I have been reading a book by an evangelical, megachurch pastor on the topic of church growth and reaching out to the unchurched. “Once every few years, I preach on Jesus’ view of divorce and remarriage,” he writes in one place. “I remind all the remarried people that they committed adultery when they remarried. People get upset.”
No doubt. The topic is upsetting. Both the gospels of Matthew and Mark record Jesus saying exactly that. On one occasion, the Pharisees tested Jesus by asking: “Is it lawful for a husband to divorce his wife?” (Mark 10:2; Matthew 19:3). It was an open question at the time, much debated by the rabbis. Jesus avoided the trap with broad language, but once alone with his disciples, he said unambiguously, “whoever divorces his wife (unless the marriage is unlawful) and marries another commits adultery” (Matthew 19:9; c.g. Mark 10:11).
Some scholars explain the harshness of Jesus’ teaching as disapproval aimed at the inequity of the rabbinic interpretation of the Mosaic Law on divorce. Men could hand a “bill of divorce” to their wives at any time for virtually any reason, but women unhappy in their marriages could not do likewise. But the fact remains that the ostensible words of Jesus on this topic are printed in black and white, even red letters in some versions of the Bible.
To make matters worse, there is no help from most Christian traditions. The pastor I mentioned earlier seems to offer no assistance other than to remind divorced and remarried people that they have sinned. In fact, no denomination does anything to accompany hurting people through this difficult journey in a systematic way, except the Roman Catholic Church.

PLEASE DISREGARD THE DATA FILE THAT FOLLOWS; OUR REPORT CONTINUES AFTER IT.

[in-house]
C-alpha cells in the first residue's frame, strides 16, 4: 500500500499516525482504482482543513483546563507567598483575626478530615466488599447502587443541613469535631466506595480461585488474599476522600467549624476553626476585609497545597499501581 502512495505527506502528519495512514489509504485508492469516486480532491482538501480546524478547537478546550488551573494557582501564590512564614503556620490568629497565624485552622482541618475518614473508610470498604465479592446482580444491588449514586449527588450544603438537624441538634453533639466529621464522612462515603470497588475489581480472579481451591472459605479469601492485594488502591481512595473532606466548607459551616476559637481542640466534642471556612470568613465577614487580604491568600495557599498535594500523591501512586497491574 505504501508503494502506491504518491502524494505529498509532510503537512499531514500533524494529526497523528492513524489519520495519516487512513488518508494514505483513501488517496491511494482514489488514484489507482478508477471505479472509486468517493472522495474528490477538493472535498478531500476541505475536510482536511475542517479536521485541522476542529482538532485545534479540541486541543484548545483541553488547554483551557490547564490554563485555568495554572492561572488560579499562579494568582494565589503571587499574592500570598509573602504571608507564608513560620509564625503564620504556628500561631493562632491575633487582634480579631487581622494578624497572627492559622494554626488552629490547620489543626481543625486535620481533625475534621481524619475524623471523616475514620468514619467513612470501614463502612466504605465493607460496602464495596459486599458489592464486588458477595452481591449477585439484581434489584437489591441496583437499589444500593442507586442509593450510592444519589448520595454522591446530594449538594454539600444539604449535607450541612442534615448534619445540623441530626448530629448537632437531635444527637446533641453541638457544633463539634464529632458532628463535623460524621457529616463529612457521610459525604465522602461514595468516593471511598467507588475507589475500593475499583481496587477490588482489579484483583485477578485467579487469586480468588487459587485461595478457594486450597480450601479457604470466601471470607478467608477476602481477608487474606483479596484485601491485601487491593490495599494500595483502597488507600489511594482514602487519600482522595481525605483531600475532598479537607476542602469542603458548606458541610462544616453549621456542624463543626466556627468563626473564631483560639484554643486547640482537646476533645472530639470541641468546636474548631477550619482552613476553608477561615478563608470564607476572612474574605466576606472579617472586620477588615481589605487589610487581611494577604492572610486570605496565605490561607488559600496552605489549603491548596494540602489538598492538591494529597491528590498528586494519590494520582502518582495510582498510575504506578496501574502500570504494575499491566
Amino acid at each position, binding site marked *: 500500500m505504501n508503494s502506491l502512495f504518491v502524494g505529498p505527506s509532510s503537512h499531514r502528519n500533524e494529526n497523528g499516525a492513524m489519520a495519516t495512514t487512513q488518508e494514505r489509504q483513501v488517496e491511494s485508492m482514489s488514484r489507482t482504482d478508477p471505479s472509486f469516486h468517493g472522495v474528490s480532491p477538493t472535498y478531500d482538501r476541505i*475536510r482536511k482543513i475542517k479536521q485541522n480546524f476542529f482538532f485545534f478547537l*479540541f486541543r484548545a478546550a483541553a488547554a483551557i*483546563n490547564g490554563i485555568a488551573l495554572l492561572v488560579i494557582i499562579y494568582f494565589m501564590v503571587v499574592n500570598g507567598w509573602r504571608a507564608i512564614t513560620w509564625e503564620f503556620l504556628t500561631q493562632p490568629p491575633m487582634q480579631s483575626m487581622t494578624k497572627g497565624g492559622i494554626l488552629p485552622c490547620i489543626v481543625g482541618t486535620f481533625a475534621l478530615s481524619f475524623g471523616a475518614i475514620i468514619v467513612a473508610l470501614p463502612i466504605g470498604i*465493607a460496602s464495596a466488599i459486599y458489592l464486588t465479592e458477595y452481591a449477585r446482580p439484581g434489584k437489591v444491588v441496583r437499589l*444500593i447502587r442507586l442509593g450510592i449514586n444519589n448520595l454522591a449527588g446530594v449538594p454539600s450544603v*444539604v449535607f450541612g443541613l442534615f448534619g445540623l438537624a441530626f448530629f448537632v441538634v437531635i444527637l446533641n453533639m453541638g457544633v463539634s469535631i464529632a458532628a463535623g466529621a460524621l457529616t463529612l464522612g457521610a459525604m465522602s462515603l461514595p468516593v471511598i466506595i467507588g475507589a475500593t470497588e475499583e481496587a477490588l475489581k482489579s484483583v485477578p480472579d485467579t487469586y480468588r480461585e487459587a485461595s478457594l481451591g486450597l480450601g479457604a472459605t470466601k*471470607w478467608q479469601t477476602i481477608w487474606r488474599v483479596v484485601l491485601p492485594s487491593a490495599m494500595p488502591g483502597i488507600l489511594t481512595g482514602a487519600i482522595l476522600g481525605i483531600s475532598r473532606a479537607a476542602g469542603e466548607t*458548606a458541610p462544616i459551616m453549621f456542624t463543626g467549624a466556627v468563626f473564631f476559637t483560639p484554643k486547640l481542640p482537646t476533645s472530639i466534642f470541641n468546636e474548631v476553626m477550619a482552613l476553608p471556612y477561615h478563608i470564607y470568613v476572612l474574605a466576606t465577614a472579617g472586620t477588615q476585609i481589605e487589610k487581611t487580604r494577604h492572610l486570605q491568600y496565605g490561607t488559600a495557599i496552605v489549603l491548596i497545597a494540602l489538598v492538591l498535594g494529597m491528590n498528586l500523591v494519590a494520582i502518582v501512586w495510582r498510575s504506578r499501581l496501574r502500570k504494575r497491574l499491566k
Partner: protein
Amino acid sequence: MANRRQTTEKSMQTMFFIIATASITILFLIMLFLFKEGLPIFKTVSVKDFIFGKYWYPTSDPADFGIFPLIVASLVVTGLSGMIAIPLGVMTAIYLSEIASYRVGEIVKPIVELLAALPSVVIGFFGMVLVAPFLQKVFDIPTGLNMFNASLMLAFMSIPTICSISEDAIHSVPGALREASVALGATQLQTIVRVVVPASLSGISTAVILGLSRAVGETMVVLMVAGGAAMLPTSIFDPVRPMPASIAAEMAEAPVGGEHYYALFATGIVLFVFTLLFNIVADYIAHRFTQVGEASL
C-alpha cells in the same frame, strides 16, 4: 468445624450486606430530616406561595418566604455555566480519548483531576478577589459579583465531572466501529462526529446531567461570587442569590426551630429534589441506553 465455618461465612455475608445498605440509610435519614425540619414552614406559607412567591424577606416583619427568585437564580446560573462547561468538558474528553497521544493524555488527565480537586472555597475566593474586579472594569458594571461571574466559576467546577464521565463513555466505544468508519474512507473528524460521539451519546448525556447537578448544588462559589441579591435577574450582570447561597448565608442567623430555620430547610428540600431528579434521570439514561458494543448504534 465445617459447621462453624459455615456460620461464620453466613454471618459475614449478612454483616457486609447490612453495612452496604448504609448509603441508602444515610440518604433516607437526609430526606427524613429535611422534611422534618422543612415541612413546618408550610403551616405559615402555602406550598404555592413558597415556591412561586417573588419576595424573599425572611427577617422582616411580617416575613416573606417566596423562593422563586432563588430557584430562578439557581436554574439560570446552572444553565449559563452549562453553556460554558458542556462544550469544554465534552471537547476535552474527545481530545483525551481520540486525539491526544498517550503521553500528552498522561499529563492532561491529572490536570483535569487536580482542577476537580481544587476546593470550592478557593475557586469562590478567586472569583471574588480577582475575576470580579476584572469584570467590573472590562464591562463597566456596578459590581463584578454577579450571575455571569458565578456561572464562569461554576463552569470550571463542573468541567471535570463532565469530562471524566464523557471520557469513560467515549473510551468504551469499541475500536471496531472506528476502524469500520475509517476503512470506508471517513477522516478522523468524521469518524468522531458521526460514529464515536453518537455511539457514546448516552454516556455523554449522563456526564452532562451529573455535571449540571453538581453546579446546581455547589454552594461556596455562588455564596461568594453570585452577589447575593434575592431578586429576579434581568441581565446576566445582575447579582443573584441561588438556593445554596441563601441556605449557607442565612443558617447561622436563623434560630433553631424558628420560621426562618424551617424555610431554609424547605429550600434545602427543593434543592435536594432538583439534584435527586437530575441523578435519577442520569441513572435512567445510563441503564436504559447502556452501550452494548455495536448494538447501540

I write about this because we received again this year many questions from you on divorce and remarriage as part of our current message series, Faith Answering Questions. Some of your submissions were heartbreaking. However, there is much hope in this area.
While formal and legalistic in many ways, the annulment process offered by the Church, at its core, is really a healing ministry. It gives reassurance and clarity to those who feel broken by divorce. Although Jesus by his words seems to have not permitted divorce, he did leave a broad exception for marriages that are “unlawful.” Through the authority given to it by God, the Church has interpreted this as grounds for granting annulments. Whereas a divorce is a dissolution of an otherwise lawful marriage, an annulment is a declaration that the marriage was not valid from the start because “the two [never became] one flesh” for a variety of possible reasons (Mark 10:8; Matthew 19:5).
If you’re divorced, talk to your local parish priest. He can help you start the annulment process and walk with you through the whole process. If you’re hurting because of divorce, we invite you to check out our divorce support group on the small groups page of our website. We love you and are here to help.
--Father Roger Gustafson, Pastor
Father Roger Gustafson